This year marks the 50th anniversary of the Broadway musical Fiddler on the Roof, and to celebrate, Spertus Institute for Jewish Learning and Leadership, where I work, is hosting a free screening of the 1971 film adaptation on their Feinberg Theatre big screen.
In preparation for the April 6 event, I've been listening non-stop to the Fiddler on the Roof soundtrack. As a result, I often catch myself humming "If I Were a Rich Man," or "Tradition!" in the most inconvenient situations, like during a meeting, or when I'm trying to fall asleep (not in a meeting). As I learned the hard way, these Fiddler songs sure are sticky.
Looking to clear my brain of Tevye's baritone voice, I turned to psychologist Dr. Oliver Sacks, whose book Musicophilia provided a handy explanation for why some songs are catchier than others.
Normally, writes Dr. Sacks, our brains perceive music in a passive state. They hear it, absorb it, then let it go. But for some music, that's not the case: "Sometimes normal musical imagery crosses a line and becomes, so to speak, pathological, as when a certain fragment of music repeats itself incessantly, sometimes maddeningly, for days on end," he says.
He calls these fragments "earworms," for the way they seem to bury themselves in our ears, and his book provides three theories on what makes them stick. The first is repetition.
Recalling the days of his Orthodox Jewish upbringing in England, Dr. Sacks describes a scene around his Seder table after the Passover meal when his family would sing "Chad Gadya," a traditional Passover song. As many of us know, "Chad Gadya" is a laboriously repetitive tune, with the chorus chanted up to 46 times. After so many repetitions, Sacks said the tune "would haunt [him] and pop into [his] mind dozens of times a day throughout the eight days of Passover, then slowly diminish throughout the next year."
I admit, in gearing up for our Fiddler event I've probably listened to "Sunrise, Sunset" more times than is healthy your average human being. But as Dr. Sacks notes, repetition isn't the only reason a song gets stuck in a person's head. The second is cultural association.
In his book, Sacks theorizes that the stickiness of "Chad Gadya" had something to do with the context in which the tune was sung. For him, the song represented his own Jewish heritage, as well as the feeling of warmth and togetherness of being with his family. Because his brain craved those warm feelings, it would play the song again and again in his head, much to the annoyance of his eardrums.
Which brings us to the last ingredient in the making of a good earworm: overstimulation.
In the pre-industrial age, if people wanted to hear music, they had to go to a house of worship, concert, or party to get their fix. But with the advent of broadcasting, the way society consumed music changed overnight. Music became available everywhere - in our homes, our cars, our workplaces, even our showers. As Sacks writes, we now live in an era when "half of us are plugged into iPods, immersed in daylong concerts of our own choosing, virtually oblivious to the environment." There's hardly a public place we can go to today in which we're not totally bombarded by music.
Sacks thinks this musical omnipresence is responsible for the mass outbreak of earworms. "This barrage of music puts a certain strain on our exquisitely sensitive auditory systems, which cannot be overloaded without dire consequences," he says. He has a point. Overstimulation adds stress to our mental faculties, causing them to react in all kinds of unexpected ways. That's part of the reason why we experience anxiety when faced with mounting deadlines at work, or panic when we're lost in an unfamiliar place. When our brains are stressed, our mental faculties become confused, and that's when earworms are most likely to strike.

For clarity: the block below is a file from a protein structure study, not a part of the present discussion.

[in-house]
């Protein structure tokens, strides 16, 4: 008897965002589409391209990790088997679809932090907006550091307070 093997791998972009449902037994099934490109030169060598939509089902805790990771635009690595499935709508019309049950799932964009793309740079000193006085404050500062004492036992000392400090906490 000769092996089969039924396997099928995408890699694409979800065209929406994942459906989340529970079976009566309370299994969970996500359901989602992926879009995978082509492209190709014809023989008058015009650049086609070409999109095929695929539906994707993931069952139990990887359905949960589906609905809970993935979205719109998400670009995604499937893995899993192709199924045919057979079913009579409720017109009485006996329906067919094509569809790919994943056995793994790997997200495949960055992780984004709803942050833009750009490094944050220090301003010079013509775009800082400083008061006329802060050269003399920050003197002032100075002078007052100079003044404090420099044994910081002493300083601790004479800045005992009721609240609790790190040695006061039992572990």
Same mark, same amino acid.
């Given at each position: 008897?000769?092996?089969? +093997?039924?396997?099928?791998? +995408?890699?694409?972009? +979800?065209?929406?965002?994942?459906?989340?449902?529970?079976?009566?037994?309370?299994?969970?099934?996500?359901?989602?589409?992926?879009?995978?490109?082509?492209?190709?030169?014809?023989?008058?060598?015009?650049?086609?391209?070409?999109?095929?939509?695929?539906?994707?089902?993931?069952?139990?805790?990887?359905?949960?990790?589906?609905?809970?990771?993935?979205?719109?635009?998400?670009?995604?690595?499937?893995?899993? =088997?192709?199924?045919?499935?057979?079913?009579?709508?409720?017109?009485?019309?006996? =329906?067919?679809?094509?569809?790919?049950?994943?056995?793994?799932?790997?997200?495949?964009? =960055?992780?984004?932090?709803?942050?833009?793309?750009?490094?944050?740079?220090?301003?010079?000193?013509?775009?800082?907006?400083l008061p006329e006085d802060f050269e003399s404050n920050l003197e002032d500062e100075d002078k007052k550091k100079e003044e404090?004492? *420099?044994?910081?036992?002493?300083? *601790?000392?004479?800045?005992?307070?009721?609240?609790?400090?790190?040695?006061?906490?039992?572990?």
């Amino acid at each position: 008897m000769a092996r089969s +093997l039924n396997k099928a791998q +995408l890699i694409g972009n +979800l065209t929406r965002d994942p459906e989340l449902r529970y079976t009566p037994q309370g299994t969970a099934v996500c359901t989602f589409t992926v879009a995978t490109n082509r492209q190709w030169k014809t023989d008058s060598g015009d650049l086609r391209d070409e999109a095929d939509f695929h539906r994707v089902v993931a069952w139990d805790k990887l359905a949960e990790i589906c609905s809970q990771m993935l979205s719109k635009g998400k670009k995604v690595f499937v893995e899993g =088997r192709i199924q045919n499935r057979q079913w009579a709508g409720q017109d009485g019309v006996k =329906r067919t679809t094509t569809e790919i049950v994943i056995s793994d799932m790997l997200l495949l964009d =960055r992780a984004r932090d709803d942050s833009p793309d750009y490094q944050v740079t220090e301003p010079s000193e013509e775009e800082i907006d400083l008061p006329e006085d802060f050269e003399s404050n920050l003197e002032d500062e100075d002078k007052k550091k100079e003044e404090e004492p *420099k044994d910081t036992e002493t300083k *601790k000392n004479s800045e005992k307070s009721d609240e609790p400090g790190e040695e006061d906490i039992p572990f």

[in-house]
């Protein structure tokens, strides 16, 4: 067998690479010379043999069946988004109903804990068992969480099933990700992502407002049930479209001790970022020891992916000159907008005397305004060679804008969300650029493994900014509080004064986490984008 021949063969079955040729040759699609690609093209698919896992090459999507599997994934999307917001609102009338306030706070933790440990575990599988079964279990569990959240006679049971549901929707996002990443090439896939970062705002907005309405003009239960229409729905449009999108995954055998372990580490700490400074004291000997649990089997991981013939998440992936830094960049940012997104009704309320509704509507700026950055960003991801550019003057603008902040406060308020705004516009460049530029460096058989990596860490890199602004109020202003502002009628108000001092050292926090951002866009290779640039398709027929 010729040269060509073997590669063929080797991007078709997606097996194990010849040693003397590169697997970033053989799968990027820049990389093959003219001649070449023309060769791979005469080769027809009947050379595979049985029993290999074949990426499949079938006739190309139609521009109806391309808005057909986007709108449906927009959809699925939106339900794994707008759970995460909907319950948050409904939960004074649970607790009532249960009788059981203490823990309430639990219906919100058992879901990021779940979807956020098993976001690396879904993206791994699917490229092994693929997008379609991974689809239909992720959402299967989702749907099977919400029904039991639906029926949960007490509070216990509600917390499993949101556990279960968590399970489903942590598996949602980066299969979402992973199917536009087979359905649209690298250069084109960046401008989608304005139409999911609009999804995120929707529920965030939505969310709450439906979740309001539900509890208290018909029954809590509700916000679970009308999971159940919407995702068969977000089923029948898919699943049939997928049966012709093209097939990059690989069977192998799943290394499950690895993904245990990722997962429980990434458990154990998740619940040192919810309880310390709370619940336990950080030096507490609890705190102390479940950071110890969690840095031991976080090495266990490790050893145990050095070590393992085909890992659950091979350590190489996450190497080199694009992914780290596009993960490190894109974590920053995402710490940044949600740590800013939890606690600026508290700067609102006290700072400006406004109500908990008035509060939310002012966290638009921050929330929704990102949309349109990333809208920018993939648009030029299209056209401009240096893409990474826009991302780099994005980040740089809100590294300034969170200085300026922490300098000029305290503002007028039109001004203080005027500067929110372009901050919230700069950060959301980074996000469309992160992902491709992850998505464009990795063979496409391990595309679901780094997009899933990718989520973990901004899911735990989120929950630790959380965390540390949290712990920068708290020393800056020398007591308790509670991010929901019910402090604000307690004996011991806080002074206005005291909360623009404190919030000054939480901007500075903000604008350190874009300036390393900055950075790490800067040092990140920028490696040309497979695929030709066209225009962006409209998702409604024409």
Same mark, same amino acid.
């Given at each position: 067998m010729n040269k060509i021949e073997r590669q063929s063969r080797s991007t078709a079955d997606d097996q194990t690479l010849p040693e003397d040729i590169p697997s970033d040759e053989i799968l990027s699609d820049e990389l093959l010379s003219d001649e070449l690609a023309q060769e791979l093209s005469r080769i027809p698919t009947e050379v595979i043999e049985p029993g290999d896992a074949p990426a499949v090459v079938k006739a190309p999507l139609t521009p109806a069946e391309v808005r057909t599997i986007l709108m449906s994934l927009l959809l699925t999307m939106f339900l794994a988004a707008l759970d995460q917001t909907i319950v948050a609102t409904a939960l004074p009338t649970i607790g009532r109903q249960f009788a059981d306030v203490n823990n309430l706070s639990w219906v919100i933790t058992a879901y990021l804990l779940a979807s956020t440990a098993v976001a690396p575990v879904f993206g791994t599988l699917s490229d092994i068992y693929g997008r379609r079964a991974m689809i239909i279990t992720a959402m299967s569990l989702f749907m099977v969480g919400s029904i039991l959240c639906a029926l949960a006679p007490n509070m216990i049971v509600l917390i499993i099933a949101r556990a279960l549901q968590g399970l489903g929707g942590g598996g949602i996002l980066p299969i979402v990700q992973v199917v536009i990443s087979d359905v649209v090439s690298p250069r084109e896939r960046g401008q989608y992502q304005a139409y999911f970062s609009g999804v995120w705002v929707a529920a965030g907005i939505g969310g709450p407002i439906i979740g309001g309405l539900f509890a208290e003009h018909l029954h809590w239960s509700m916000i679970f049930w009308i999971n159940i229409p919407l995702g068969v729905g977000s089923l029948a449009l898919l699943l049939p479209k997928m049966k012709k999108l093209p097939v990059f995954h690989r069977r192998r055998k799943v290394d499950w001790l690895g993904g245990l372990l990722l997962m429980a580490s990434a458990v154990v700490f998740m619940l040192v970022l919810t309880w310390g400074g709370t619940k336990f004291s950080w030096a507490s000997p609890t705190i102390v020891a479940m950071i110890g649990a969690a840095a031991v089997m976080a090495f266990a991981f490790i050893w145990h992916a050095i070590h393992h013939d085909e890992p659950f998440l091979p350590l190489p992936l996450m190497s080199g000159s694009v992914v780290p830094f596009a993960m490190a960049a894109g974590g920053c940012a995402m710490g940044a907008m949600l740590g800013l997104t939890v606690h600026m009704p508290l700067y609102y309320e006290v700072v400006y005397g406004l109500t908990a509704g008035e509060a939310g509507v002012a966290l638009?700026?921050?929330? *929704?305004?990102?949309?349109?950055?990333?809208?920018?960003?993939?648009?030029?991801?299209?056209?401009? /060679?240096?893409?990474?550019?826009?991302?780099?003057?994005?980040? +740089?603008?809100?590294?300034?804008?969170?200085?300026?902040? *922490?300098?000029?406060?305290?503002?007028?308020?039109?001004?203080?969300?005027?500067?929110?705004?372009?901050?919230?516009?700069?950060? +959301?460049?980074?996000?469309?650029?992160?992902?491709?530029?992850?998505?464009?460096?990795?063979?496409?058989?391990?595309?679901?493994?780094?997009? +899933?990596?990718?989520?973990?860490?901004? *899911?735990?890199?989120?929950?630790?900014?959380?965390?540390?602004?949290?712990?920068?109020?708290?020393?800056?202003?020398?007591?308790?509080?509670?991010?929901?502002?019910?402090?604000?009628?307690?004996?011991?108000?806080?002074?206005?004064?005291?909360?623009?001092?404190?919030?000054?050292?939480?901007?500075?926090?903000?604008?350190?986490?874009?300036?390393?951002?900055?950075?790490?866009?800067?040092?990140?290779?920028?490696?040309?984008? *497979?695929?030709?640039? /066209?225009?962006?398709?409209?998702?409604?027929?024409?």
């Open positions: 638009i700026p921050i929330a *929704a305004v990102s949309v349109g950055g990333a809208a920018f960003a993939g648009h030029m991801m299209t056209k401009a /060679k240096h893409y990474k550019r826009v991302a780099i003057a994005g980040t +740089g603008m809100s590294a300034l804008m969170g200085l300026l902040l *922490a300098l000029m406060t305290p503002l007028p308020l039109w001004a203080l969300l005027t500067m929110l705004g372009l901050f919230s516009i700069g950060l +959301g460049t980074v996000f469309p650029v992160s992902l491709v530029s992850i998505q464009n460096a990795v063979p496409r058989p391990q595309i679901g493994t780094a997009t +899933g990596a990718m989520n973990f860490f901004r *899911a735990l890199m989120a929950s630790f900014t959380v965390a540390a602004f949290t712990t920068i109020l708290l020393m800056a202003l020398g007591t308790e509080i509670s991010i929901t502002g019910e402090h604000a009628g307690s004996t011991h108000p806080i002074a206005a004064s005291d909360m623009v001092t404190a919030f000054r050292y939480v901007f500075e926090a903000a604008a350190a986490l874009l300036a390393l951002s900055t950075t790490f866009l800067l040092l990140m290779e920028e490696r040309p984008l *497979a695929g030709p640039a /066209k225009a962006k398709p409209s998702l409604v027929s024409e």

So is there anything we can learn from earworms, knowing that they arise from overstimulation?
Absolutely. And lucky for us, some of the wisest words ever spoken about musical overstimulation came from Rebbe Nachman of Breslov, an 18th-century Jewish sage and founder of the Breslover Hasidic Dynasty.
A music lover, he often explained the world in terms of song. Take this psalm for example:
Know that each and every shepherd has his own tune.
Know that each and every grass has its own song.
And from the song of the grasses the tune of the shepherd is made.
How beautiful, how beautiful and pleasant to hear their song.
According to Rebbe Nachman, we live in a world in which every living thing has its own melody. We might assume that all these sounds blaring at our eardrums would make for a miserable existence, stressing our nervous systems the way Dr. Sacks describes. But Rebbe Nachman says the opposite, suggesting that a life filled with music is "beautiful" and "pleasant." He goes on to say that it's this accumulation of songs that defines our identities. In other words, we are the songs we choose to hear.
This got me thinking about my Fiddler on the Roof earworm, and it led me to a change in perspective.
I love Fiddler on the Roof. It's one of my favorite musicals, and I have fond memories of watching it on my living room couch with my family. It also brings to mind the long and captivating history of the Jews, a history to which I am proudly tied. So the next time "Matchmaker, Matchmaker" and "Wonder of Wonders" pop into my consciousness, I shouldn't get annoyed. I should think about how the songs remind me of my family and the Jewish traditions I hold near to my heart. After all, these are the "songs of the grasses" from which I am made. To that I can only say, "L'Chaim!" (Uh-oh, I think I feel another song coming on.)
If you want to join me at Spertus Institute on April 6 to see Fiddler on the big screen, reserve your seat at spertus.edu/fiddler or call 312.322.1773.Get ready to sing!